When Kevin Rudd began his fleeting second prime ministership in mid 2013, he immediately set about filling the gaping authority vacuum that had troubled Australians for three years. His every move was aimed at generating incumbency, reassuring Australians that finally someone was in charge, someone they could trust.
Some elements of the exercise, such as lining up almost a hundred foreign diplomats for a meet and greet, were excessive; others, like the challenge to opposition leader Tony Abbott to a Press Club debate on government debt and deficits, were inspired. (Abbott declined that invitation and Rudd attended solo but then largely wasted the opportunity.)
As usually happens after a major leadership change – whether it turns out to have been a good idea or not – the opinion polls responded positively, with the government either drawing level with the opposition after preferences, or sitting slightly ahead.
Bob Carr, foreign minister at the time, recalls in his published diaries an encounter with a “pensive” opposition leader, who reflected fatalistically, “Well, you never know where it goes in this game. The people seem to like Kevin.”
But the polls soon soured again and the old Rudd returned: the one who flitted from thought bubble to brainwave, in search of that elusive bounce. Hey, let’s have an economic zone in the country’s north! No subsequent poll improvement. Okay, how about this: why don’t we move the country’s naval base from Sydney to Townsville?
Did anyone in the prime minister’s entourage contemplate how this flaky behaviour appeared to voters? By the time of the first campaign debate, a desperate prime minister had discarded any skerrick of dignity and spent much of the time bleating about the Coalition’s secret plan to raise the GST. In a zero-sum game, Abbott’s stature grew before our eyes.
Labor insiders believed they had no choice: the polls were turning and the kitchen sink was required. But from a distance it looked like unnecessary panic. Rather than obsess over the opinion poll trajectory, Rudd would have been wiser working out how to give voters an election-day choice between a high-brow, wonkish incumbent and a volatile, boyish challenger.
In 2016, Malcolm Turnbull sometimes gives a half-decent Kevin Rudd impersonation. In the past few weeks two high-profile policies have popped out of nowhere: handing income tax powers back to the states, and pressing ahead with the very fast train. The first was astonishingly reckless and frightening to the voter, the second innately appealing to Australians. On top of earlier GST and negative-gearing outbreaks, though, semi-engaged voters are getting a message: Malcolm is desperate to come up with something, anything, any big idea, for the election.
Once again, does the prime minister’s inner circle understand how much this undermines Turnbull’s authority? It’s as if he has been consuming too much political commentary – that he’s read how Labor has “seized the policy initiative” and decided the government must catch up. Why? Because the scribblers say so.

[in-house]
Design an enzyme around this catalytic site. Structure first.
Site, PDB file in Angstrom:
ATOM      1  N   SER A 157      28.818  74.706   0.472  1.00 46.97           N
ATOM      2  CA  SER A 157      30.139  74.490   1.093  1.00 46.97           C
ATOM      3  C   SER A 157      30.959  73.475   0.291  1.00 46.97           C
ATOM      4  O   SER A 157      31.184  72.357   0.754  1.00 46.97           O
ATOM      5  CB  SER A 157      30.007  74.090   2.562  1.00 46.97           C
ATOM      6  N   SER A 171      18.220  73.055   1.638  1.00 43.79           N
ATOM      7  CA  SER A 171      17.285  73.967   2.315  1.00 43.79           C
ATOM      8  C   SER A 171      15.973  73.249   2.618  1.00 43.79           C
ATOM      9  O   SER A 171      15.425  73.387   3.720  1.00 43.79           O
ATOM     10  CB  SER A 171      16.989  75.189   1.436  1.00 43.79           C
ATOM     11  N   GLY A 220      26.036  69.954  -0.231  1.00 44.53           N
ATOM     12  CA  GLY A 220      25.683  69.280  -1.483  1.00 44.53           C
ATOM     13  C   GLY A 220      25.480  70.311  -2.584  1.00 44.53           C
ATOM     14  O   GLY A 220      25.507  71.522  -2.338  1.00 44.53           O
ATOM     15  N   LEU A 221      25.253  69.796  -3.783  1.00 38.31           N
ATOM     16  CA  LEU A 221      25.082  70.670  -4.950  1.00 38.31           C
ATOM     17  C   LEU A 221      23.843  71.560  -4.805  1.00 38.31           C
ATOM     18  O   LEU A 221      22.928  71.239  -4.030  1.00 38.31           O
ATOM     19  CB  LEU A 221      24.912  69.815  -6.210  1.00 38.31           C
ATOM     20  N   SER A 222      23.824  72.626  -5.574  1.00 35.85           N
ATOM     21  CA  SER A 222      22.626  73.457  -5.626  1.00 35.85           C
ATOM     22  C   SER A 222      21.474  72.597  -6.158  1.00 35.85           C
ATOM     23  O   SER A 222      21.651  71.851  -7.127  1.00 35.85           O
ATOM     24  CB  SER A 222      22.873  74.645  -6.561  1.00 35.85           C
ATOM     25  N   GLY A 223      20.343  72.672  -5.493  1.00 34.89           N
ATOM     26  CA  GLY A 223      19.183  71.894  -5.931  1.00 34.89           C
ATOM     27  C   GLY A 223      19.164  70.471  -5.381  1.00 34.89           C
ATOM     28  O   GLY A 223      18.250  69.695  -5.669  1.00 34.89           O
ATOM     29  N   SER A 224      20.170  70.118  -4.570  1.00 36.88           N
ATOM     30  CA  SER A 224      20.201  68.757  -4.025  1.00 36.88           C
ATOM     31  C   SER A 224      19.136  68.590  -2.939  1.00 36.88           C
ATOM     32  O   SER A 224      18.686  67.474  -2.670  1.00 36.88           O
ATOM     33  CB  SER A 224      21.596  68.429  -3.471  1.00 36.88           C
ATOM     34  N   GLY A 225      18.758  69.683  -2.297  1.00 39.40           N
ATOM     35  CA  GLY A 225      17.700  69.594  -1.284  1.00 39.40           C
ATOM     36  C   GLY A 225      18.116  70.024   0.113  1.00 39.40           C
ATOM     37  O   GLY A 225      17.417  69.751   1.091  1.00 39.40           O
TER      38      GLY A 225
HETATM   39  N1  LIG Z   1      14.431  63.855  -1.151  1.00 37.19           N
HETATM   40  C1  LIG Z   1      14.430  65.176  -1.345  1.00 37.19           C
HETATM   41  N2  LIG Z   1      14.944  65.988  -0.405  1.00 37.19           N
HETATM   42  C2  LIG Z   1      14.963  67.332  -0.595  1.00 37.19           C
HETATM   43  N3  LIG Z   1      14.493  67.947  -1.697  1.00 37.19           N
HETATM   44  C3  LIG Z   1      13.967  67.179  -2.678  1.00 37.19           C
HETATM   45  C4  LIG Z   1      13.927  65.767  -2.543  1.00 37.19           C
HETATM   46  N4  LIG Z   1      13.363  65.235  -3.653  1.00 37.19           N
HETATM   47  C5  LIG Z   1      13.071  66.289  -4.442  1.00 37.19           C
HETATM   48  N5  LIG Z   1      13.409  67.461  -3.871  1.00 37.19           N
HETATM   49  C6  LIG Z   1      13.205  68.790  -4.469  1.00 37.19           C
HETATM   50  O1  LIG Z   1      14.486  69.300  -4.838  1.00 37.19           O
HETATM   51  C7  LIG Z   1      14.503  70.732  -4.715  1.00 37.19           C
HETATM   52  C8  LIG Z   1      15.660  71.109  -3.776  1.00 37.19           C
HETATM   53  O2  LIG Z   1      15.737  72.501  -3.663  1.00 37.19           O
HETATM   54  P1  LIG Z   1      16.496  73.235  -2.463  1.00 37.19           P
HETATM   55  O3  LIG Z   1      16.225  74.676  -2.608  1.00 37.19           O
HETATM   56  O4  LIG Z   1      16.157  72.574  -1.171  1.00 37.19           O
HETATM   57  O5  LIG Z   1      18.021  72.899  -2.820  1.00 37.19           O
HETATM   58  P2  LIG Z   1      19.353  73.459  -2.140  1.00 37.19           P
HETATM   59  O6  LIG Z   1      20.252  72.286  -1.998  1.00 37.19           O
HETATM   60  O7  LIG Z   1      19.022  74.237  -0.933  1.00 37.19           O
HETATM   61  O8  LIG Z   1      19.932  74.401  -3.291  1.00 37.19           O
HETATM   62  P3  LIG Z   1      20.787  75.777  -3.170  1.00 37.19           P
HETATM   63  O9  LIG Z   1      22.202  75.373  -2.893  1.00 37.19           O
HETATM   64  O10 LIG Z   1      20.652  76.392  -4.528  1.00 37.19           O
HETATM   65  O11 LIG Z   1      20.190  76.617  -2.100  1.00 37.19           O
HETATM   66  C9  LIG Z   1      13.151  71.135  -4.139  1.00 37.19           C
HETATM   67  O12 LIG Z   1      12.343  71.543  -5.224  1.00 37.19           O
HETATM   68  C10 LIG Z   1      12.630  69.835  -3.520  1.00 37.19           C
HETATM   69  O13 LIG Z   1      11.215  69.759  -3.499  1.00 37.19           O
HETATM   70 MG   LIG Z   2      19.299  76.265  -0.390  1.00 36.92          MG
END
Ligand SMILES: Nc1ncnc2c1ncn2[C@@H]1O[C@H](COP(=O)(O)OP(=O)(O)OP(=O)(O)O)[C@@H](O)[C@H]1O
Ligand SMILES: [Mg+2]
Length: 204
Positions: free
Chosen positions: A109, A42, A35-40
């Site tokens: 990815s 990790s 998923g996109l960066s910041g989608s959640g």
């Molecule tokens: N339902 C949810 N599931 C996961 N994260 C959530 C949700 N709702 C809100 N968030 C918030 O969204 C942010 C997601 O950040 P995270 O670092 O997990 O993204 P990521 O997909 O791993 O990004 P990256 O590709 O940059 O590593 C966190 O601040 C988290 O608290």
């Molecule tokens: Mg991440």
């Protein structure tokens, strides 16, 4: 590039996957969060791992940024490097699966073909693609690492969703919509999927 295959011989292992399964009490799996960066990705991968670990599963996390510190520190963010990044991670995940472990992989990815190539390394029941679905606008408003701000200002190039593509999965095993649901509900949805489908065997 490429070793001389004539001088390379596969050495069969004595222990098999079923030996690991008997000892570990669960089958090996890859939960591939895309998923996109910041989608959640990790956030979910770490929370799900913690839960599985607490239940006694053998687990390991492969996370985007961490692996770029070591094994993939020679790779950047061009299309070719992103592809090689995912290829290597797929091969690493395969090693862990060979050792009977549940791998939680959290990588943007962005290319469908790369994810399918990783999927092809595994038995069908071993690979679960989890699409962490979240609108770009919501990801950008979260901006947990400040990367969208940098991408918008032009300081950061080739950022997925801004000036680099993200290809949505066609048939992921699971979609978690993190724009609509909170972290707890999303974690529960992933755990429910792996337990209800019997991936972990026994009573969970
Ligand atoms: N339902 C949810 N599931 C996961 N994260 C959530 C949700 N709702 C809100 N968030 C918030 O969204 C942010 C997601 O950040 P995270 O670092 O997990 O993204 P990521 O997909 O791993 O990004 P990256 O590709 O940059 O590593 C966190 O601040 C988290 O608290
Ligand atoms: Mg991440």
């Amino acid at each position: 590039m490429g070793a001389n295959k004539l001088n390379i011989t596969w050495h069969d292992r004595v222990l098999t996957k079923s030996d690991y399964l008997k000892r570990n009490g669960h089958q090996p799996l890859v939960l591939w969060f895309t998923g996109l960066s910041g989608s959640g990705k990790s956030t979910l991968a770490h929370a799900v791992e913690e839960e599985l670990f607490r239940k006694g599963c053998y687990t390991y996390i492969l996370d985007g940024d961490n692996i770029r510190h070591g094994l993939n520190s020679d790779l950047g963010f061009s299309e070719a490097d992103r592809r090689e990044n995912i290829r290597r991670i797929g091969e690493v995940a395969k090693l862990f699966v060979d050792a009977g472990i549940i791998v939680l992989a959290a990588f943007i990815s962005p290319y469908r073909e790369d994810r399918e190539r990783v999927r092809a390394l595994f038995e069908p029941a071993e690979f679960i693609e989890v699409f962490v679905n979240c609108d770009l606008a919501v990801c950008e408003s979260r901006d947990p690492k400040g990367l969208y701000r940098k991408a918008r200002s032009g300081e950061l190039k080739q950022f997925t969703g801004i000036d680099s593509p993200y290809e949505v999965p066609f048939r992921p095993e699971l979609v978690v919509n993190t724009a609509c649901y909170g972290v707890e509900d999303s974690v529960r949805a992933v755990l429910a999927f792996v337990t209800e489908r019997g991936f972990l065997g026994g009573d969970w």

Yet governments – with the exception of the Howard government’s near-death 1998 GST experience – have tended not to take big plans to elections. Yes, this year the opposition has unwisely lumbered itself with a large-target housing policy, but the Coalition should see that as a gift, not a bid to be matched.
In his apparent attempts to turn the polls, Turnbull is in danger of shrinking, Rudd-like, in the eyes of voters.
Dipping in the polls used to be no big deal. Federal governments usually spend long periods running behind. The first Hawke government, 1983–84, was the last one that didn’t.
Why the poll panic in modern politics? At a fundamental level, the 2008 global financial crisis, which ended that long period of easy, breezy, open-wallets economic growth, is the chief driver of instability. It is part of the reason it’s been so long – twelve years –since a federal government was re-elected with a working majority.
But something more must set Australia apart. Perhaps it’s a slavish belief in the power of opinion polls. The government fears that if the polls drop further it will make a recovery in support more difficult – as if surveys are not just imprecise tools for measuring particular moments, but possess gravitational pull on future instalments and on elections.
This only happens if bad polling leads to misguided attempts to correct the polls. Viewing polls as ends in themselves was traditionally seen as a particularly Labor defect, but maybe it’s just a function of party pollsters swallowing their own press. The idea that a party generates a polling boost, which it then takes to an election, belongs nowhere outside a comic book. Yet one gets the impression such thoughts are common among our political strategists.
Labor’s continuing, stubborn neglect of its Achilles heel – the fact that most Australians believe the party is responsible for the government’s fiscal hole – should guarantee re-election for the Coalition. But rather than contemplating the choices voters will face on election day, the prime minister seems preoccupied with the here and now, fussing about this month’s surveys, or the narrative, or something called momentum.
Once upon a time, before Kevin Rudd, prime ministers were confident or arrogant enough to dismiss the apparatchiks’ loopier, deterministic, market research–driven recommendations. Turnbull was supposed to represent a return to the old template. So far, that hasn’t happened. •